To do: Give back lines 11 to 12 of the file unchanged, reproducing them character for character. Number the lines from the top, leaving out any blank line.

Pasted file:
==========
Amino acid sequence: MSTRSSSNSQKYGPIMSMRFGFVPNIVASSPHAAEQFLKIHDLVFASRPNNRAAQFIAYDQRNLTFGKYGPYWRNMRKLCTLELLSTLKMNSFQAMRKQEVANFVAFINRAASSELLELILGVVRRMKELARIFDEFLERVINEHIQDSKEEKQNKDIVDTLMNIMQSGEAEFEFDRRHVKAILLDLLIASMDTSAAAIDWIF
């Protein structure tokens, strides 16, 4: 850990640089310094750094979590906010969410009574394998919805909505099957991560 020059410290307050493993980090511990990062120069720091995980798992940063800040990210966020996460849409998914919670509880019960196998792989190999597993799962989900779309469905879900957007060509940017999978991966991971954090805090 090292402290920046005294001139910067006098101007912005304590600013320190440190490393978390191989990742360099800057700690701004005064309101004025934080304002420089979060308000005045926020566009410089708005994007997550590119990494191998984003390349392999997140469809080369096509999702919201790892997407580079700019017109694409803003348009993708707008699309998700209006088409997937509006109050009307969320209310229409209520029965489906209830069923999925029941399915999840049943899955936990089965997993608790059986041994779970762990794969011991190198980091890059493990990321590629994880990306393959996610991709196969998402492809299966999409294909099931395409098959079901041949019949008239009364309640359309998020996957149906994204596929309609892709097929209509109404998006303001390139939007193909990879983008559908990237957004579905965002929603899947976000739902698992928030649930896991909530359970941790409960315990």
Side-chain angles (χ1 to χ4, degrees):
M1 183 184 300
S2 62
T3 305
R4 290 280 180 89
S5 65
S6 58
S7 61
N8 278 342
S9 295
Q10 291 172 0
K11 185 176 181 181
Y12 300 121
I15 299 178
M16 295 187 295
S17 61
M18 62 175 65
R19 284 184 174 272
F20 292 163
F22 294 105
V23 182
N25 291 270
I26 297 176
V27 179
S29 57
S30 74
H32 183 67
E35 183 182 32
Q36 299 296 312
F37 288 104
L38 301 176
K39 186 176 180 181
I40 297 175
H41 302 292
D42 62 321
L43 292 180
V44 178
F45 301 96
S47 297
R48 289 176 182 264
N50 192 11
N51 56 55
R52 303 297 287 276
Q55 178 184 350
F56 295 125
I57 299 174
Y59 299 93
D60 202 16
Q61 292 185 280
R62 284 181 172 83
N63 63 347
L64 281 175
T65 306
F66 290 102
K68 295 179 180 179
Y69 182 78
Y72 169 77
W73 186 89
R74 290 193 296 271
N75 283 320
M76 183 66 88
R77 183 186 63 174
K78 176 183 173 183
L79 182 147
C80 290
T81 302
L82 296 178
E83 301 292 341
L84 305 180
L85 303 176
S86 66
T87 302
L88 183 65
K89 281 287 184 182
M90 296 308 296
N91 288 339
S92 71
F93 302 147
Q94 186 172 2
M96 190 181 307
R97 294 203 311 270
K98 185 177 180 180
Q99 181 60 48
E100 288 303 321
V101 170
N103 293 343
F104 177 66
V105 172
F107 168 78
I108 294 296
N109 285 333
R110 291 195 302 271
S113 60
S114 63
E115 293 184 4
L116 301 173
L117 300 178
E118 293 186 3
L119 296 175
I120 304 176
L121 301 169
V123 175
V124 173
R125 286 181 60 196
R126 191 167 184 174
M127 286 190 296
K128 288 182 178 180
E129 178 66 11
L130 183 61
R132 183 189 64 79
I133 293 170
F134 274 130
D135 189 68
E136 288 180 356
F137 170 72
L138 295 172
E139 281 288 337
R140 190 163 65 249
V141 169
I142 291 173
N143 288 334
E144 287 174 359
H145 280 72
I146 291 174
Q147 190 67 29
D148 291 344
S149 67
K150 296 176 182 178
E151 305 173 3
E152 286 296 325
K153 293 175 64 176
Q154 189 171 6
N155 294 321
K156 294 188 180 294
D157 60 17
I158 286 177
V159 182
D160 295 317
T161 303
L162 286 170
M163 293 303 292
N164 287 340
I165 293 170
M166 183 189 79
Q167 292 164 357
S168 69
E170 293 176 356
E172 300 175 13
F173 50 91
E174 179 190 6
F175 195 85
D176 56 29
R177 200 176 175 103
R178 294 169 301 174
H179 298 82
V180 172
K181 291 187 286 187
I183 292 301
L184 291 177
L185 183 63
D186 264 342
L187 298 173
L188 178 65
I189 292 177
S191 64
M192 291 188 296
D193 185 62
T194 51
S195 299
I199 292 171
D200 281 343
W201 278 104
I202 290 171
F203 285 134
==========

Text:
N8 278 342
S9 295